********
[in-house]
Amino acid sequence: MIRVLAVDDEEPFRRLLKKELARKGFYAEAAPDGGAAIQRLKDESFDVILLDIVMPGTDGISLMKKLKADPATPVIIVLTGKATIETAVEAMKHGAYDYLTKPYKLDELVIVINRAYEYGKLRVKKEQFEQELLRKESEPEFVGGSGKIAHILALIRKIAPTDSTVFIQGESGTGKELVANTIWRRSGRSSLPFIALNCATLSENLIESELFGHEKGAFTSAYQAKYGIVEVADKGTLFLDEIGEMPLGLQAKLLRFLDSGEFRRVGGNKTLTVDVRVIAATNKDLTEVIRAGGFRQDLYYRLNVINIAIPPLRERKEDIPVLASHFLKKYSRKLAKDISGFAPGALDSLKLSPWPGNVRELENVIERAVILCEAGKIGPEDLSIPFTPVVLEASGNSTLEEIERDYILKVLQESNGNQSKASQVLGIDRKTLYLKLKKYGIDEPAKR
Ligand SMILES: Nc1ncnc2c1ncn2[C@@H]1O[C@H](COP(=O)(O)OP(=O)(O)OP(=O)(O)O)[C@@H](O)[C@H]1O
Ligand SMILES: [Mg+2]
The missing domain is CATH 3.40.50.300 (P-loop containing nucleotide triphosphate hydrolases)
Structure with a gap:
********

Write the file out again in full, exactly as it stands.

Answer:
[in-house]
Amino acid sequence: MIRVLAVDDEEPFRRLLKKELARKGFYAEAAPDGGAAIQRLKDESFDVILLDIVMPGTDGISLMKKLKADPATPVIIVLTGKATIETAVEAMKHGAYDYLTKPYKLDELVIVINRAYEYGKLRVKKEQFEQELLRKESEPEFVGGSGKIAHILALIRKIAPTDSTVFIQGESGTGKELVANTIWRRSGRSSLPFIALNCATLSENLIESELFGHEKGAFTSAYQAKYGIVEVADKGTLFLDEIGEMPLGLQAKLLRFLDSGEFRRVGGNKTLTVDVRVIAATNKDLTEVIRAGGFRQDLYYRLNVINIAIPPLRERKEDIPVLASHFLKKYSRKLAKDISGFAPGALDSLKLSPWPGNVRELENVIERAVILCEAGKIGPEDLSIPFTPVVLEASGNSTLEEIERDYILKVLQESNGNQSKASQVLGIDRKTLYLKLKKYGIDEPAKR
Ligand SMILES: Nc1ncnc2c1ncn2[C@@H]1O[C@H](COP(=O)(O)OP(=O)(O)OP(=O)(O)O)[C@@H](O)[C@H]1O
Ligand SMILES: [Mg+2]
The missing domain is CATH 3.40.50.300 (P-loop containing nucleotide triphosphate hydrolases)
Structure with a gap: